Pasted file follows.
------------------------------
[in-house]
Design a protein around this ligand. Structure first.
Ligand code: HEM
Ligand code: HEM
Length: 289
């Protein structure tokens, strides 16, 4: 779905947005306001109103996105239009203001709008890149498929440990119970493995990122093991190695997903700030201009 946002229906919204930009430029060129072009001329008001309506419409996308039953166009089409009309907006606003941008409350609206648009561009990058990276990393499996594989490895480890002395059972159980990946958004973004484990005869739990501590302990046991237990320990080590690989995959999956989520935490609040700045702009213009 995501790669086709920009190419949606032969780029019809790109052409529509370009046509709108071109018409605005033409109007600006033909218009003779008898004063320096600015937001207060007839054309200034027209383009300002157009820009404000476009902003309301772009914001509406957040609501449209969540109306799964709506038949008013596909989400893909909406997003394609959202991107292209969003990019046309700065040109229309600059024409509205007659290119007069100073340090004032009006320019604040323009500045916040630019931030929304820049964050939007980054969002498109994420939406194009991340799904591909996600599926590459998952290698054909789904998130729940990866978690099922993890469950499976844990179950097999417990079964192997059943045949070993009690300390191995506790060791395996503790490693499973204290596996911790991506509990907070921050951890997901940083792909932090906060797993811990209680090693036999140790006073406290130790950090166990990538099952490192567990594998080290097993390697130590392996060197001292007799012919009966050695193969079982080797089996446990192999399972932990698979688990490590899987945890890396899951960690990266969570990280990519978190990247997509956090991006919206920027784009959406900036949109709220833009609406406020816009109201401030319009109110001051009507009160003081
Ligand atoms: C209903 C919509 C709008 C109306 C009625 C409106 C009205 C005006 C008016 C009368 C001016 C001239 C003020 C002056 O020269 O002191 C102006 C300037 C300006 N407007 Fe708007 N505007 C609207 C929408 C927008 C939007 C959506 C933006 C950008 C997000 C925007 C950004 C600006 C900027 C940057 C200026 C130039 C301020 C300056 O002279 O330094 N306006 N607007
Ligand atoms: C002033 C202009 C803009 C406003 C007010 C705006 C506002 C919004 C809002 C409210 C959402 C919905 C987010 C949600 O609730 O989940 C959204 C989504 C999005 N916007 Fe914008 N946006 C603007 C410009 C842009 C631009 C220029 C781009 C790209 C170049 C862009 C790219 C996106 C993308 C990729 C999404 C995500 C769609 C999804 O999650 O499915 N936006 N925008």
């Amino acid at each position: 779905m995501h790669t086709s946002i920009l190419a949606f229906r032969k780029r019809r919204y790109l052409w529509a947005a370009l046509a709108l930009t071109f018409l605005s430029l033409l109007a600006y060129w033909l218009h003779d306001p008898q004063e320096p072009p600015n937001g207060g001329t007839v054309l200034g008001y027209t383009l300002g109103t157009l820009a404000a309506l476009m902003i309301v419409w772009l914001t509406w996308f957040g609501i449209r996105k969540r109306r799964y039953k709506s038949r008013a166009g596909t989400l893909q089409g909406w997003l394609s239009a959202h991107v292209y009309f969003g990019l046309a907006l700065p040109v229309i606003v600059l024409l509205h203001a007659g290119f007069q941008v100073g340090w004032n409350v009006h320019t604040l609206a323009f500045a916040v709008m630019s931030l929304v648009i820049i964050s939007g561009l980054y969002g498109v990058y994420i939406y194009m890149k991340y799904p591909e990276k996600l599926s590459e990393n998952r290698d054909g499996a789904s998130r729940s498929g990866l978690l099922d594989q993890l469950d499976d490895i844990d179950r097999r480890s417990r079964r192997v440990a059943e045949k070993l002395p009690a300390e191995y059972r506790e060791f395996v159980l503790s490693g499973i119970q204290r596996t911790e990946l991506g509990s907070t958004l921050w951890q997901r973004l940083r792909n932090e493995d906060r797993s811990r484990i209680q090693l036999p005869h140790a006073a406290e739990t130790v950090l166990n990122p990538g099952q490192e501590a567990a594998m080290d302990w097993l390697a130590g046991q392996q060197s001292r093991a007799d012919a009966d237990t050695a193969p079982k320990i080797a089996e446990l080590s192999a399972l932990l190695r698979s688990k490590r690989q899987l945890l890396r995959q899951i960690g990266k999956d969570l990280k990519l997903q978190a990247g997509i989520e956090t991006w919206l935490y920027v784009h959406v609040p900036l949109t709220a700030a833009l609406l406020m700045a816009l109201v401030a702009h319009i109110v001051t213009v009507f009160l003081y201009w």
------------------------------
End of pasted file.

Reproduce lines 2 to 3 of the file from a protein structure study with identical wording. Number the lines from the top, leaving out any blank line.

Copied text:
Design a protein around this ligand. Structure first.
Ligand code: HEM